You're about to experience an international
phenomenon already on three continents in fifteen countries. And
It's Your Chance of a Lifetime
AIR DATES: June 5, 2000 to June 10, 2000
CREATOR: Stephen Leahy
PACKAGER: Brad Lachman Productions/Carlton America Action Time
HOST: Gordon Elliot
WATCH IT HERE: YouTube
When I first started this run of "million-dollar
prime time" shows that tried to leech of the popularity of
"Who Wants To Be A Millionaire?", I had NO idea that the
show was going to be cancelled by the time I was finished. I just
wanted to show how OTHER shows tried and failed to be like "Millionaire"...never
knowing that, after twenty years, apparently not even "Millionaire"
could be "Millionaire" that we remembered. Now I end it
the way I began it: with a show ending in "Chance of a Lifetime".
But if ANY show was trying to be an absolute rip-off of "Millionaire",
it was "It's Your Chance of a Lifetime". The two chairs
in the middle of a circle, "locking in" an answer, "lifelines"
(which was called "Second Chances" but a rose by any other
name, right?)...this was FOX doubling-up against "Millionaire"
while "Greed" was still going on. The gameplay was changed
slightly but, make no mistake about it, this was FOX fighting "Millionaire"
HOW WAS IT PLAYED?
CREDIT CARD QUESTION
A person was picked from the audience to play. The contestant brings
their credit card statemnet(s) (up to a maximum of $10,000) and
the host asks a relatively simple question. The contestant gives
an answer and "locks it in" by pressing a button. If they're
wrong, the game ends then and there. If they're right, they receive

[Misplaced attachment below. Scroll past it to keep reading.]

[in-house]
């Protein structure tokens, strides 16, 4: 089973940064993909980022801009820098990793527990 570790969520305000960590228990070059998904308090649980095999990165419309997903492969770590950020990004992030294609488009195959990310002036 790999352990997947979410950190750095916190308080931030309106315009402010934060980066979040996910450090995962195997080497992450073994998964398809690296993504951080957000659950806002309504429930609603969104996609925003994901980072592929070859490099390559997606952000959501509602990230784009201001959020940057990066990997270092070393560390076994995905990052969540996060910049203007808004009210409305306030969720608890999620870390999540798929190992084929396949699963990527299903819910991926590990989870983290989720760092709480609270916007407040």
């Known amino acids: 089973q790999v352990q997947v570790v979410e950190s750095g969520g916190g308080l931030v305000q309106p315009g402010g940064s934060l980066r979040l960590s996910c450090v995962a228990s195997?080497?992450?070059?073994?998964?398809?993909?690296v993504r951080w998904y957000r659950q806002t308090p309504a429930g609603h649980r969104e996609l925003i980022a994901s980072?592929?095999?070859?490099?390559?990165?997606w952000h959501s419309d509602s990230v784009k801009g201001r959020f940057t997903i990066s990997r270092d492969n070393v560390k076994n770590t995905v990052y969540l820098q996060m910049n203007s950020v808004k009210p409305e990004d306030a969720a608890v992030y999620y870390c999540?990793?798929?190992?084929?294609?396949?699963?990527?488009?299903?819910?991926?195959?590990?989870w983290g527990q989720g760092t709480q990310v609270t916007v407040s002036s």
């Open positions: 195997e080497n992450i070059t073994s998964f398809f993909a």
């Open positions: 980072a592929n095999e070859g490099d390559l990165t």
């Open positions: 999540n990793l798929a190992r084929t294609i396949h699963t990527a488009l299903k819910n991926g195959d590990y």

money to pay of the credit card debit and their statements are shredded
right in front of them.
The contestant is shown ten categories. One is picked at random
and the host asks a question on it. Again, the contestant can give
an answer and "lock it in" with the button. If they're
wrong on the first question, they leave with nothing else but the
credit card debt paid off. The first question puts $5000 in their
bank. For each consecutive question, the contestant wagers at least
half of their bank. If they get a question right, the money is added
to their bank. If they get a question wrong, the money is subtracted,
the game ends and the contestant leaves with what's left in the
bank. If the contestant answers nine questions right, they leave
with whatever they have in their bank, up to $1.28 million. The
questions are asked in groups of three on three "levels",
each level harder than the last.
Should a contestant
get stumped on a question, they can use one of two "Second
Chances". One made the question into a multiple-choice question,
with one of three answers being correct. The other allowed the contestant
to swap out the current question for a question in a category of
THEIR choosing. Each "Second Chance" could only be used
once in each level.
If they wanted the set to mimic "Millionaire", they nailed it.
What's more, they made it a bit more "modern"-looking.
The mini-shredder for the credit card bills was a nice touch;
contestants could actually SEE their debt going away.
Elliot had a brief run on "To Tell the Truth" and it served him well
enough. He seemed as excited for the contestants and the
contestants were to be there. Could've been the accent; kinda
reminded me of Bruce Forsythe in "Hot Streak". Still, he was
WHAT DIDN'T WORK?
Even Tommy from the Who album could tell this was a BLATANT
rip-off of "Millionaire"...and people were still high ON that show
to want to see it in a different setting, even WITH different rules.
The only differences were that people wagered their money and the
questions didn't have multiple-choice. This made it even
HARDER than "Millionaire" (if you can believe that). Why would
ANYONE bother to watch that?
WOULD IT WORK TODAY?
Not anymore. As long as "Millionaire" was around, anyone
could make a "clone" out of it and get at least SOME runtime
out of it. Now that Celador and Disney have shut the game down for
good, any such "clone" that DOESN'T last twenty years
will be considered a flop. So...why take the chance? And THIS one?
It didn't stand a chance in Hades to start with...so why bring it
NEXT TIME: Season 4 gets GSN-y...
Chris Wolvie would rather have a chance of a FEW
lifetimes...but, until he invents immortality, it ain't happenin' Follow him on Twitter @ChrisWolvie
and e-mail him at firstname.lastname@example.org.